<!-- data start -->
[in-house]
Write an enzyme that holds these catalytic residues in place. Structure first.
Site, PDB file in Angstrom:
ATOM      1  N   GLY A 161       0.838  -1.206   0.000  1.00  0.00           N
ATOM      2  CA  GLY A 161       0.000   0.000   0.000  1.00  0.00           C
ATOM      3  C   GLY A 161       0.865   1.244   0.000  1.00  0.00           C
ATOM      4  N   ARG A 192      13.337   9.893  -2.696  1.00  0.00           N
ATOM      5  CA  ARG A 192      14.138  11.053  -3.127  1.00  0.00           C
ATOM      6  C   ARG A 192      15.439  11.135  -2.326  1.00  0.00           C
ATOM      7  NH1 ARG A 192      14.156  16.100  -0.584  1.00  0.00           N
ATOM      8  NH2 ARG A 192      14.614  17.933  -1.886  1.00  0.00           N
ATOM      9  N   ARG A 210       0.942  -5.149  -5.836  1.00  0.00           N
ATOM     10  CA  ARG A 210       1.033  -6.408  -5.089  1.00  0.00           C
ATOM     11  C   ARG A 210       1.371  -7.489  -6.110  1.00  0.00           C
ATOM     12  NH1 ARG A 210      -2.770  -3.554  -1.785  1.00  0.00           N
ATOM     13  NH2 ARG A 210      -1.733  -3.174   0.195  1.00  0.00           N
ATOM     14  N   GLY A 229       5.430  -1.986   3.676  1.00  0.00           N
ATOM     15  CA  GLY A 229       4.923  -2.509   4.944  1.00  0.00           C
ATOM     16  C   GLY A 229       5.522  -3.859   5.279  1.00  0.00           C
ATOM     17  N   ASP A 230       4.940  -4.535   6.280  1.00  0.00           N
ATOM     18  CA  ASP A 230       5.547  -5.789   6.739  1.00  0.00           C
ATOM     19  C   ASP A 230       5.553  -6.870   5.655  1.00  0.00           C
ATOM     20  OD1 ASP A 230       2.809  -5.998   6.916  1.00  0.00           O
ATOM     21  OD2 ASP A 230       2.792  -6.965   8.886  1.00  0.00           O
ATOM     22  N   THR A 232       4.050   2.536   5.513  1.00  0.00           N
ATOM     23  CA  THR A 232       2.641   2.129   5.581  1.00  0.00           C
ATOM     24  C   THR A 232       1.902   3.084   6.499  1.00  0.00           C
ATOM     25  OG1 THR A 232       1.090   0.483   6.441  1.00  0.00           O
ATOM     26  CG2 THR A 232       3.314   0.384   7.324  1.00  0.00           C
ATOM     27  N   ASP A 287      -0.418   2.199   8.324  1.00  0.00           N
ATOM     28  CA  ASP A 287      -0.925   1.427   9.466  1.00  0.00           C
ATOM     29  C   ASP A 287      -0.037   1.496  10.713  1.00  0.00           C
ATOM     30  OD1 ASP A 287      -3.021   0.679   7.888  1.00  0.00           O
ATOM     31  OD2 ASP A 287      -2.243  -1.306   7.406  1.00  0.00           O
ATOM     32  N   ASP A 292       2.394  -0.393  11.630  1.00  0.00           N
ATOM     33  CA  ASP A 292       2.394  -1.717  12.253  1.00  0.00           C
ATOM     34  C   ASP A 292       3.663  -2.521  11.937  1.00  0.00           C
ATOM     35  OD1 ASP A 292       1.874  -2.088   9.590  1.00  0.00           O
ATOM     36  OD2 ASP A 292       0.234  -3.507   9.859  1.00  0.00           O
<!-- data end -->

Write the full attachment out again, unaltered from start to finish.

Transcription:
[in-house]
Write an enzyme that holds these catalytic residues in place. Structure first.
Site, PDB file in Angstrom:
ATOM      1  N   GLY A 161       0.838  -1.206   0.000  1.00  0.00           N
ATOM      2  CA  GLY A 161       0.000   0.000   0.000  1.00  0.00           C
ATOM      3  C   GLY A 161       0.865   1.244   0.000  1.00  0.00           C
ATOM      4  N   ARG A 192      13.337   9.893  -2.696  1.00  0.00           N
ATOM      5  CA  ARG A 192      14.138  11.053  -3.127  1.00  0.00           C
ATOM      6  C   ARG A 192      15.439  11.135  -2.326  1.00  0.00           C
ATOM      7  NH1 ARG A 192      14.156  16.100  -0.584  1.00  0.00           N
ATOM      8  NH2 ARG A 192      14.614  17.933  -1.886  1.00  0.00           N
ATOM      9  N   ARG A 210       0.942  -5.149  -5.836  1.00  0.00           N
ATOM     10  CA  ARG A 210       1.033  -6.408  -5.089  1.00  0.00           C
ATOM     11  C   ARG A 210       1.371  -7.489  -6.110  1.00  0.00           C
ATOM     12  NH1 ARG A 210      -2.770  -3.554  -1.785  1.00  0.00           N
ATOM     13  NH2 ARG A 210      -1.733  -3.174   0.195  1.00  0.00           N
ATOM     14  N   GLY A 229       5.430  -1.986   3.676  1.00  0.00           N
ATOM     15  CA  GLY A 229       4.923  -2.509   4.944  1.00  0.00           C
ATOM     16  C   GLY A 229       5.522  -3.859   5.279  1.00  0.00           C
ATOM     17  N   ASP A 230       4.940  -4.535   6.280  1.00  0.00           N
ATOM     18  CA  ASP A 230       5.547  -5.789   6.739  1.00  0.00           C
ATOM     19  C   ASP A 230       5.553  -6.870   5.655  1.00  0.00           C
ATOM     20  OD1 ASP A 230       2.809  -5.998   6.916  1.00  0.00           O
ATOM     21  OD2 ASP A 230       2.792  -6.965   8.886  1.00  0.00           O
ATOM     22  N   THR A 232       4.050   2.536   5.513  1.00  0.00           N
ATOM     23  CA  THR A 232       2.641   2.129   5.581  1.00  0.00           C
ATOM     24  C   THR A 232       1.902   3.084   6.499  1.00  0.00           C
ATOM     25  OG1 THR A 232       1.090   0.483   6.441  1.00  0.00           O
ATOM     26  CG2 THR A 232       3.314   0.384   7.324  1.00  0.00           C
ATOM     27  N   ASP A 287      -0.418   2.199   8.324  1.00  0.00           N
ATOM     28  CA  ASP A 287      -0.925   1.427   9.466  1.00  0.00           C
ATOM     29  C   ASP A 287      -0.037   1.496  10.713  1.00  0.00           C
ATOM     30  OD1 ASP A 287      -3.021   0.679   7.888  1.00  0.00           O
ATOM     31  OD2 ASP A 287      -2.243  -1.306   7.406  1.00  0.00           O
ATOM     32  N   ASP A 292       2.394  -0.393  11.630  1.00  0.00           N
ATOM     33  CA  ASP A 292       2.394  -1.717  12.253  1.00  0.00           C
ATOM     34  C   ASP A 292       3.663  -2.521  11.937  1.00  0.00           C
ATOM     35  OD1 ASP A 292       1.874  -2.088   9.590  1.00  0.00           O
ATOM     36  OD2 ASP A 292       0.234  -3.507   9.859  1.00  0.00           O